Book review: Acts of Union and Disunion, by Linda Colley

I bought this on a whim last week and have now almost finished reading it. It’s based on the BBC Radio 4 radio series of the same name, which dealt with the various acts and processes that have either bound together or forced apart the different constituent parts of what I for brevity’s sake shall call the British Isles. The presenter/author, Linda Colley (professor of history at Princeton), also discusses the role national myths and symbols (the sea, the monarchy, the empire) have played in this, and she underlines their flexibilty and contingency. That last point may seem obvious to most people who’ve looked at the history of Ireland, but is perhaps less present in the minds of some of the English, judging by certain Conservative politicians and their recent comments on the First World War.

The obvious ‘hook’ for the series is the upcoming referendum on Scottish independence, which is referred to several times. Comparatively, there’s disappointingly little on Ireland (or at least, not much that you won’t already know, unless you’re a complete Irish history novice). I was, however, struck by one turn of phrase:

In many ways, this new state, which evolved into the Republic of Ireland, was an impressive achievement, a democracy that has endured. But its 1937 constitution proved another compromised act of union. It laid claim to ‘the whole island of Ireland’. It also declared that Gaelic was Ireland’s national language and that Catholicism was its national religion.

(My italics.)

I wonder how de Valera would have reacted to hearing his ‘baby’ compared to the hated 1800 act of parliament that made the whole of Ireland and Great Britain a unitary state, and which Irish nationalists spent most of the nineteenth century trying to reverse?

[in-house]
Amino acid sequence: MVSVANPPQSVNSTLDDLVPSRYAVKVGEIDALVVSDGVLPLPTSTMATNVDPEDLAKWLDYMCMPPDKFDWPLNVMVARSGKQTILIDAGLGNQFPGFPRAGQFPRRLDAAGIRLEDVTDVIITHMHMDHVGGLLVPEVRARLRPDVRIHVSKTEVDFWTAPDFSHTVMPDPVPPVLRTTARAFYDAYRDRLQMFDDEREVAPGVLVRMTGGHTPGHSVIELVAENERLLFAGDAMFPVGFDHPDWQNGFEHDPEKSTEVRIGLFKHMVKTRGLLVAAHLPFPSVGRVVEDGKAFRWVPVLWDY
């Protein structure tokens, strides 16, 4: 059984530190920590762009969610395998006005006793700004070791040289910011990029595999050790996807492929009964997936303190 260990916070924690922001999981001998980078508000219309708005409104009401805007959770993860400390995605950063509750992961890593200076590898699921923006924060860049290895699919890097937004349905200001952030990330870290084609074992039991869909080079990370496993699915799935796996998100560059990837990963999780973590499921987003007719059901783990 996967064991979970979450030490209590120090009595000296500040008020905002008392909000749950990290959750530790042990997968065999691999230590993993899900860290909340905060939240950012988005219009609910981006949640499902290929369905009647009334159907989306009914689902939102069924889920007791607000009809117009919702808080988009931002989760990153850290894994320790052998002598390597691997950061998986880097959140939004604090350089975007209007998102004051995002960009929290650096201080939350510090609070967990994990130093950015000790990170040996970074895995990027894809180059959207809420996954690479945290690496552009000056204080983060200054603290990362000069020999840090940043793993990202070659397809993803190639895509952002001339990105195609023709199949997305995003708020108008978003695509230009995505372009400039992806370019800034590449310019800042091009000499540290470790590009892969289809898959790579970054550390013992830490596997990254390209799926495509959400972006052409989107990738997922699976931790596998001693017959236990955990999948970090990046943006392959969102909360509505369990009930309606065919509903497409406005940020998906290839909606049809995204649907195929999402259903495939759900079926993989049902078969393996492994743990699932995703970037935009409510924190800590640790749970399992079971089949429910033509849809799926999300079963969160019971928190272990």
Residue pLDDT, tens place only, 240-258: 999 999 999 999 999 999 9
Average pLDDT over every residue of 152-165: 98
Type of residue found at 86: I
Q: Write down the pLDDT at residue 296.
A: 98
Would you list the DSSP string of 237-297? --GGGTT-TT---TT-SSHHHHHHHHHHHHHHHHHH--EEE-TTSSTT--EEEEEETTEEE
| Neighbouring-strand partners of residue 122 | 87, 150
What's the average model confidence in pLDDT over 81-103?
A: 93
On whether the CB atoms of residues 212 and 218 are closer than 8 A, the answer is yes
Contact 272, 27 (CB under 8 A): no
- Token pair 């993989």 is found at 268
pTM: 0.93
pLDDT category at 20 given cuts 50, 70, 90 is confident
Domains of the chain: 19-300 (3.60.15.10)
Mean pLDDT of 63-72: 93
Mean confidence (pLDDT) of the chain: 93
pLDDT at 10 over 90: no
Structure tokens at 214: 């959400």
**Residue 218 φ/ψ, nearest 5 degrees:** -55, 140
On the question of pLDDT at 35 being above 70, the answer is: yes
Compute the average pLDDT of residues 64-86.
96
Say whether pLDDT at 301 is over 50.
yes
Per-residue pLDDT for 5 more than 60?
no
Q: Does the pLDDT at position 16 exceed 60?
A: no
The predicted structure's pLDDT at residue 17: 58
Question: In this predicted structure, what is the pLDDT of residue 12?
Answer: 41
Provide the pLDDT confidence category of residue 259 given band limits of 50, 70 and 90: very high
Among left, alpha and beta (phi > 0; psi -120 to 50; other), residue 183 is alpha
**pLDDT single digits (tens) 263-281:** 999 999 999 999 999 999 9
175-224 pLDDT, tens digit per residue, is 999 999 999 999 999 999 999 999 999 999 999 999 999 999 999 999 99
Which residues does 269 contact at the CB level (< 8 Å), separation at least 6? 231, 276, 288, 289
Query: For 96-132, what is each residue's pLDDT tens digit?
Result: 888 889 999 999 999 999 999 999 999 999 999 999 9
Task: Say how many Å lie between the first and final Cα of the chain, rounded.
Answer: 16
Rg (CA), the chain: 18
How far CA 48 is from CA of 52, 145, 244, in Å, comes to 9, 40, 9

Colley does point out that the Act of Union was meant to be linked to Catholic emancipation, the ultimate aim being to reduce sectarian tension in Ireland by making both sides feel more secure within the larger union. She rightly castigates George III:

He is often described as the king who lost America. He can with more justice be viewed as the monarch who helped to sabotage a moderately enlightened settlement with Ireland.

She moves from this onto other links between Britain and Ireland, finishing up by discussing the Home Rule movements and Irish independence.

All in all, I’d recommend the book to a general reader. (It would be unfair to criticise it just because its focus isn’t exactly where I’d have liked it to be.) The e-book is a bargain on Amazon at the minute. Alternatively, you can still listen to the radio series online:

You can find out more about the Act of Union, the Home Rule movement, and de Valera’s 1937 constitution in the Irish History Compressed e-book.

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